the advantages of a full blown "firewall appliance", but defining
what is, or what is not, a "firewall" can be an endless semantic
discussion on various levels. :-)

I mentioned such a "router" device as being perhaps a reasonable
enough solution for HEnk, considering how he described what his plans
were, because I assumed an already "clean" system, with no other
potentially "vulnerable" programs (email, IRC, browsers, etc.)
running alongside fs9. If this were the case, no other programs
should be initiating outgoing connections, and without port
forwarding and such going on, the router should be enough to prevent
unsolicited incoming intrusions.

- --
Melissa

PGP Public Keys: http://www.willkayakforfood.tk

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0zf+Rqv2UZspVMKzBfIGN/R7YCsExutVUma7/T6ACWkMIq0jjipYMo+ZQMeejTEu
VMKqS52MEfw=
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Anonymous
March 30, 2005 7:41:09 AM

Archived from groups: alt.games.microsoft.flight-sim (More info?)

Well someone will correct me if they disagree, but routers are normally
natural firewalls. As if setup correctly and when your IP address is
under attack, they can indeed attack the routers ports, but can't get to
the your computer(s) ports. Since the router will not send them to the
computer(s). Thus nothing happens.

I run a 2Wire Home Portal 1000HG which is an ADSL modem, a wireless
router, and a hardware firewall all in one. Seems to be really securely
stable to me. While this isn't totally fool proof, anybody worried can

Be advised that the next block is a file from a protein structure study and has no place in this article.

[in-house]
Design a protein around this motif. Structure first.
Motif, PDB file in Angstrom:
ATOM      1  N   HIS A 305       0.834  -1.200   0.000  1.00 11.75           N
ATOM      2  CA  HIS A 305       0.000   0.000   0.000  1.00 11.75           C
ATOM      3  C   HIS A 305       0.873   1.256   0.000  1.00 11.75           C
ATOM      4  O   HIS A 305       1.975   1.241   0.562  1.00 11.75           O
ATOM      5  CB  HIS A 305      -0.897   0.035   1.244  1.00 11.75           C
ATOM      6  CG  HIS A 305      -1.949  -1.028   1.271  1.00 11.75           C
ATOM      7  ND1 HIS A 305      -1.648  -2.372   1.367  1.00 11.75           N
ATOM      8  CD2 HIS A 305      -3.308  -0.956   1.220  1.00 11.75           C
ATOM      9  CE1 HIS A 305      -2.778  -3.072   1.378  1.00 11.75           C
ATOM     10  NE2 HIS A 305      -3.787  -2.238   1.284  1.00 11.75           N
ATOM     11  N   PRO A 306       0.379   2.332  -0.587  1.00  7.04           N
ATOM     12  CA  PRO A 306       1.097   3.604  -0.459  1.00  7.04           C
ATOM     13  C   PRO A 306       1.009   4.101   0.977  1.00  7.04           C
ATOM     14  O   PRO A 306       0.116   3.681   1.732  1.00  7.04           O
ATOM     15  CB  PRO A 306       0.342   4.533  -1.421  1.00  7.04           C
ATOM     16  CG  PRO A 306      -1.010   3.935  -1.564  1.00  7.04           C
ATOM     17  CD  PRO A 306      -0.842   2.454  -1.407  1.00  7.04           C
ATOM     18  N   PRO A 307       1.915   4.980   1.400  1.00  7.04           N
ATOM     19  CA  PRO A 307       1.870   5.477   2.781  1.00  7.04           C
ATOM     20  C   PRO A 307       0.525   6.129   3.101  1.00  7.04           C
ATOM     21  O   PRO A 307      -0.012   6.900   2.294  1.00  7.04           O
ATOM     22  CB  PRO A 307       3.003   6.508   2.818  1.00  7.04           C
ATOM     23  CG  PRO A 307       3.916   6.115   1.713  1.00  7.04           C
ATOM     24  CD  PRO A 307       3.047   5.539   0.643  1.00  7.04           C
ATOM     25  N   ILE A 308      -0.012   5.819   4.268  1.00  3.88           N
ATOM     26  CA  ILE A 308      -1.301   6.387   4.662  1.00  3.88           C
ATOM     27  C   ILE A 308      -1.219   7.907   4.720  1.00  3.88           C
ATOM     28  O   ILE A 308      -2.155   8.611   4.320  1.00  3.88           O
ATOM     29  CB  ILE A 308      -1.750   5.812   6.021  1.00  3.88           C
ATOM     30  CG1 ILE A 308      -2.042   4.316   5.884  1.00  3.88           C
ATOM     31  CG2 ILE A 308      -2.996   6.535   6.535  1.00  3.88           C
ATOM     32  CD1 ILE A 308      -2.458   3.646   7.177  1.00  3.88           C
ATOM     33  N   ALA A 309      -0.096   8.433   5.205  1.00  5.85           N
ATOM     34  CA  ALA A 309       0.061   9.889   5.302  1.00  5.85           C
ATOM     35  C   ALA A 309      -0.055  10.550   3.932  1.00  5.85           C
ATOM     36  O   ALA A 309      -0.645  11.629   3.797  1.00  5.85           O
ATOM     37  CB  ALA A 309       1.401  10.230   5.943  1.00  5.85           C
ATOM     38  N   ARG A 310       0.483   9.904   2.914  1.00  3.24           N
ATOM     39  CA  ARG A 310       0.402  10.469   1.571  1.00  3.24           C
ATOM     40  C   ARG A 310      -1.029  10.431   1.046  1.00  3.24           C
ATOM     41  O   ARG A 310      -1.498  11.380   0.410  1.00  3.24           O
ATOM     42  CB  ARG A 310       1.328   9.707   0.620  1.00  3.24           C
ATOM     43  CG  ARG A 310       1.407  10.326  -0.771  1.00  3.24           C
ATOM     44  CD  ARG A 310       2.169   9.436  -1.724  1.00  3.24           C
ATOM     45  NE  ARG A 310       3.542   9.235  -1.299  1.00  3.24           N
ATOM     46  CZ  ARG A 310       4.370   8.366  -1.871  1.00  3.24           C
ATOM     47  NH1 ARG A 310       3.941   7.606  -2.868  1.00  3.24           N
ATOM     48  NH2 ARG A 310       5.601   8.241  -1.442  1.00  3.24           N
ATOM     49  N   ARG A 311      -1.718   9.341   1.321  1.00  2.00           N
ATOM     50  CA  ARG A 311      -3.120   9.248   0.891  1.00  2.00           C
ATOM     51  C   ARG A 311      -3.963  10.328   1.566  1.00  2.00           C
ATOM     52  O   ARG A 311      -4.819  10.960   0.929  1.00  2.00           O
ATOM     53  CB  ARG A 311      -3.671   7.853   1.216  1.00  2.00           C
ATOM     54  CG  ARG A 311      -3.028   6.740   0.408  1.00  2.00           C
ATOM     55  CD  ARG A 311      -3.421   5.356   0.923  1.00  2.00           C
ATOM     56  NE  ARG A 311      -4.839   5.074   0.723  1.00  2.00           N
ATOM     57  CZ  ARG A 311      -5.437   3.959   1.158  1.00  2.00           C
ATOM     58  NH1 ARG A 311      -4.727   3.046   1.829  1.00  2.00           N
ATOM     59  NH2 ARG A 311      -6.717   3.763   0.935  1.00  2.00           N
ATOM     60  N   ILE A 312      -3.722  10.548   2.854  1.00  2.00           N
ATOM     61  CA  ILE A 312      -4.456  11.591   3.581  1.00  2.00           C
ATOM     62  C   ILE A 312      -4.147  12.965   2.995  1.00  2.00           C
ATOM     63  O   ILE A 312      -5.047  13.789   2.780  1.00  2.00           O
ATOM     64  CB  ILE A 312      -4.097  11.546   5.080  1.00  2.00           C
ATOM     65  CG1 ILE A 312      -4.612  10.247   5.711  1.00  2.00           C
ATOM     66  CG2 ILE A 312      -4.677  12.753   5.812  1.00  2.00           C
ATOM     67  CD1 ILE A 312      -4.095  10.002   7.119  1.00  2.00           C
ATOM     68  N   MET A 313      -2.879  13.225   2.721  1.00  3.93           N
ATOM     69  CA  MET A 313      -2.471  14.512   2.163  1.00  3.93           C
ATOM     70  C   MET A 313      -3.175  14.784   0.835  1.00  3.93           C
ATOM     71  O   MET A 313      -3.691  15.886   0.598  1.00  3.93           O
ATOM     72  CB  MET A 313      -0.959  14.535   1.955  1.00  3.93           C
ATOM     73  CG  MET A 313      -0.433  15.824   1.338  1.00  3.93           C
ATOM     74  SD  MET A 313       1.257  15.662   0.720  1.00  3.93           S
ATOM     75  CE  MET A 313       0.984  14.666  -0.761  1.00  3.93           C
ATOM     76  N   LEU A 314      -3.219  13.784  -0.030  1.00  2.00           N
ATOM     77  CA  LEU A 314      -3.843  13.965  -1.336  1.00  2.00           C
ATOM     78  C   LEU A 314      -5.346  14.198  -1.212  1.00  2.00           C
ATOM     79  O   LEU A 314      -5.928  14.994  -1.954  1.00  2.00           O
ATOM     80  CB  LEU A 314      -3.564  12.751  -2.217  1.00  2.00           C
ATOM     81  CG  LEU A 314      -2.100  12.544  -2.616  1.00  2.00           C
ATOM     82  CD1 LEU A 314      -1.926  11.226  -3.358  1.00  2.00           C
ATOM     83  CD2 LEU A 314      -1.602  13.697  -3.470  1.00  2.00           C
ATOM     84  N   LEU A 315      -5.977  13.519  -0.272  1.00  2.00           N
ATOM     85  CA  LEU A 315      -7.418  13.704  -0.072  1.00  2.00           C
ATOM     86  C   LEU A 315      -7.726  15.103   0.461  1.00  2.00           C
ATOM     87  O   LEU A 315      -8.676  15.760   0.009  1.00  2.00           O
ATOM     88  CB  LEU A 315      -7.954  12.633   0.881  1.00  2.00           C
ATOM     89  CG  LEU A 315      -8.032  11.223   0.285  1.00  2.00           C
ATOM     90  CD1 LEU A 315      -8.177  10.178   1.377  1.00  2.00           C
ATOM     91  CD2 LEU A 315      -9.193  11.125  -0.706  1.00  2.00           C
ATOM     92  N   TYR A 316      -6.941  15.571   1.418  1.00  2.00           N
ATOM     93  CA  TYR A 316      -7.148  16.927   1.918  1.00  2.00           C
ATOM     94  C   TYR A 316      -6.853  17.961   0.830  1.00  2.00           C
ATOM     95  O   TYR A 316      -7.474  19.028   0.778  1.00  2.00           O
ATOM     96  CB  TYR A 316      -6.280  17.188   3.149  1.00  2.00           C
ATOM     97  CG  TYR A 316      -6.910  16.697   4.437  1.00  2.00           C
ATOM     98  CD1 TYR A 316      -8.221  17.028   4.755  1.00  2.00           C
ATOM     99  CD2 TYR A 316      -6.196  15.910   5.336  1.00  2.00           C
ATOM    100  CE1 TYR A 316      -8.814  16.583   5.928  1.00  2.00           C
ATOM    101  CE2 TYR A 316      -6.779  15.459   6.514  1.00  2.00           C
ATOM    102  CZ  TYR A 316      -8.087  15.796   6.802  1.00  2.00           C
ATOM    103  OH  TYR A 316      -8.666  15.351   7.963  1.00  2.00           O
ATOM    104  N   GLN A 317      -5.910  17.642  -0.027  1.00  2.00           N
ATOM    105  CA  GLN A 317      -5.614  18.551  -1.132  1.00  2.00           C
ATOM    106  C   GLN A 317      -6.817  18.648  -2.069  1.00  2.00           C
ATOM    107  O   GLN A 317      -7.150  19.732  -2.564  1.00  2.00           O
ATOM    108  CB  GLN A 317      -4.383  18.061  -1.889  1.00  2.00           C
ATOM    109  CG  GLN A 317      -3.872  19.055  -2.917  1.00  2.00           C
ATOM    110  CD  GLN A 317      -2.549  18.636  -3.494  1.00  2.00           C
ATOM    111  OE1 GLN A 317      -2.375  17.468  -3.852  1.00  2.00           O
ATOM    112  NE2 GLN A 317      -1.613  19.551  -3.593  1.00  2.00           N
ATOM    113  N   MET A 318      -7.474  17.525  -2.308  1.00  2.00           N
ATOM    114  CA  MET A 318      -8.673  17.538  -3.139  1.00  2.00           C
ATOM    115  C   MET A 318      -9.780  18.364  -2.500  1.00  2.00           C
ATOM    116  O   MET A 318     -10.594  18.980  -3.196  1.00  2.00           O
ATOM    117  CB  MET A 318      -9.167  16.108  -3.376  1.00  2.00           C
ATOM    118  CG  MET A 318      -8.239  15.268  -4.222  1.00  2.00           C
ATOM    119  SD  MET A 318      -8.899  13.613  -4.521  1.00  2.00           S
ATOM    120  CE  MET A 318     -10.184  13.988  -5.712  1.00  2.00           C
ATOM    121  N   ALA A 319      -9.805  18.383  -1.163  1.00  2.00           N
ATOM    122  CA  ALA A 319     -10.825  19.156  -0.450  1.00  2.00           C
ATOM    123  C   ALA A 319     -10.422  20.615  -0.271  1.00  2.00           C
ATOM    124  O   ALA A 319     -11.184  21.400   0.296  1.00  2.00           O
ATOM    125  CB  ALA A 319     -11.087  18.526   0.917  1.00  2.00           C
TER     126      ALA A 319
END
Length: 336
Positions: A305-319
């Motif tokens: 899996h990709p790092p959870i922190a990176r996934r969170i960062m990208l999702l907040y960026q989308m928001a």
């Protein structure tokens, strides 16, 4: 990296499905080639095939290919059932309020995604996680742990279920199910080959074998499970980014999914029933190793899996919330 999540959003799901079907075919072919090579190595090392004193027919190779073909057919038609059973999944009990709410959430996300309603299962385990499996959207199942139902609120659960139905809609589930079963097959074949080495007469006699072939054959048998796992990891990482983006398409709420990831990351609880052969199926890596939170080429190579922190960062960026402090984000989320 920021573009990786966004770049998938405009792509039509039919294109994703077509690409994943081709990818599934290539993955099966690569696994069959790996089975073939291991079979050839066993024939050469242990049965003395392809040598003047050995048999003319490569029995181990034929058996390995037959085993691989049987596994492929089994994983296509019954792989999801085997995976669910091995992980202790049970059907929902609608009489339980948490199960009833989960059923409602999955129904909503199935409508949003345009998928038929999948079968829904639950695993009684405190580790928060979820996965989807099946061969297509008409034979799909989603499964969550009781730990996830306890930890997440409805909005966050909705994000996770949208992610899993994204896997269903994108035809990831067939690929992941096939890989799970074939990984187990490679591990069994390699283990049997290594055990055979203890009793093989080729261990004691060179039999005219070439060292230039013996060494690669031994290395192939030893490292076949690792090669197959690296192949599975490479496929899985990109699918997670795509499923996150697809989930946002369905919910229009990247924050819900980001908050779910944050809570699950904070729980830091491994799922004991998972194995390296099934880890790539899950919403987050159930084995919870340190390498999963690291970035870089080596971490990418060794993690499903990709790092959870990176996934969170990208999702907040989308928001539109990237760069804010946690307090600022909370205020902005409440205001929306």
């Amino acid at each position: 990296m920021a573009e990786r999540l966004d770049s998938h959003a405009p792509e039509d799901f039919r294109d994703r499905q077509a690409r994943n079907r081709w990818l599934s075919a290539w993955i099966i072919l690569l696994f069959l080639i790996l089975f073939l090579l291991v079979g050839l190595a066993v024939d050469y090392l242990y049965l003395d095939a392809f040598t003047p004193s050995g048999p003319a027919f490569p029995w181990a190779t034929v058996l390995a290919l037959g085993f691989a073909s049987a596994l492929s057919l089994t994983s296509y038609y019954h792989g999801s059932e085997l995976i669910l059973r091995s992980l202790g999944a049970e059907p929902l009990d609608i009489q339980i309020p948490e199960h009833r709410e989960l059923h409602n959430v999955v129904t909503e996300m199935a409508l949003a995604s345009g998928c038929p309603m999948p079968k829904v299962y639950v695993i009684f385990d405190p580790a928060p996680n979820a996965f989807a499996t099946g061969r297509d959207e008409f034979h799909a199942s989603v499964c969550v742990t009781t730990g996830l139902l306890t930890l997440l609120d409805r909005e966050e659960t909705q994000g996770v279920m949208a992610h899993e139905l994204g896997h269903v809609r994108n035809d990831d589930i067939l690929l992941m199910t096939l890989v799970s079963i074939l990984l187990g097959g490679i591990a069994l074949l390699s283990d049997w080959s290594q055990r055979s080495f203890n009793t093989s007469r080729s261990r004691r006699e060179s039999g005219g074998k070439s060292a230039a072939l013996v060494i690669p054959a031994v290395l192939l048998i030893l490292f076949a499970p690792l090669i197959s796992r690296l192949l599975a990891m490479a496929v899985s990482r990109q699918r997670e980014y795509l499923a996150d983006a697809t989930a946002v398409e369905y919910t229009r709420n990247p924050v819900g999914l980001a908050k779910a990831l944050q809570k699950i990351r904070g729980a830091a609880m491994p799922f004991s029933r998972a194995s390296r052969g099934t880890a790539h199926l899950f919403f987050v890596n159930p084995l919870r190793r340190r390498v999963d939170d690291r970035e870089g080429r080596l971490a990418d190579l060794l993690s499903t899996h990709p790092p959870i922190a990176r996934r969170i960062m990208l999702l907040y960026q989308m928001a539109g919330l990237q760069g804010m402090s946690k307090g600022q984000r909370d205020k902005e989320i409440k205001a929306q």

check out this website:

https://grc.com/x/ne.dll?bh0bkyd2

Then click on Proceed. The run all of the basic tests. If you pass with
a Stealth rating, a hacker will not even find anything using your IP
address. And this means unless your visit a malicious website or
something, There isn't anything a hacker can really do anyway. As to
them, you are totally invisible.


Cheers!


___________________________________________
Bill (using a HP AMD 1.2GHZ & Windows 2000)
-- written and edited within Word 2000


"Lawn Dart" <willkayakforfoodREMOVE_THIS@gmx.net> wrote in message news:1c68q5sqmh5eu.dlg@uni-berlin.de...
Date: Tue, 29 Mar 2005 16:55:17 -0800
Anonymous
March 30, 2005 3:21:50 PM

Archived from groups: alt.games.microsoft.flight-sim (More info?)

I agree with you that it is a reasonable solution. The discrepancy is most likely due to the fact that the security
guys are trying to lock down corporations with 100's even 1000's of users. In which case they are correct. For home
use though unless you have a really big family living with you Zone Alarm is fine except for the CPU resources needed.
You are pretty safe with the alternatives you discussed. I mean it just doesn't make sense to go out and buy a $30,000
hardware firewall to protect your PC that is used for web surfing, etc.

--
....Carl Frisk
Anger is a brief madness.
- Horace, 20 B.C.
http://www.carlfrisk.com


"Lawn Dart" <willkayakforfoodREMOVE_THIS@gmx.net> wrote in message news:1c68q5sqmh5eu.dlg@uni-berlin.de...
> -----BEGIN PGP SIGNED MESSAGE-----
> Hash: RIPEMD160
>
> Hi Carl,
>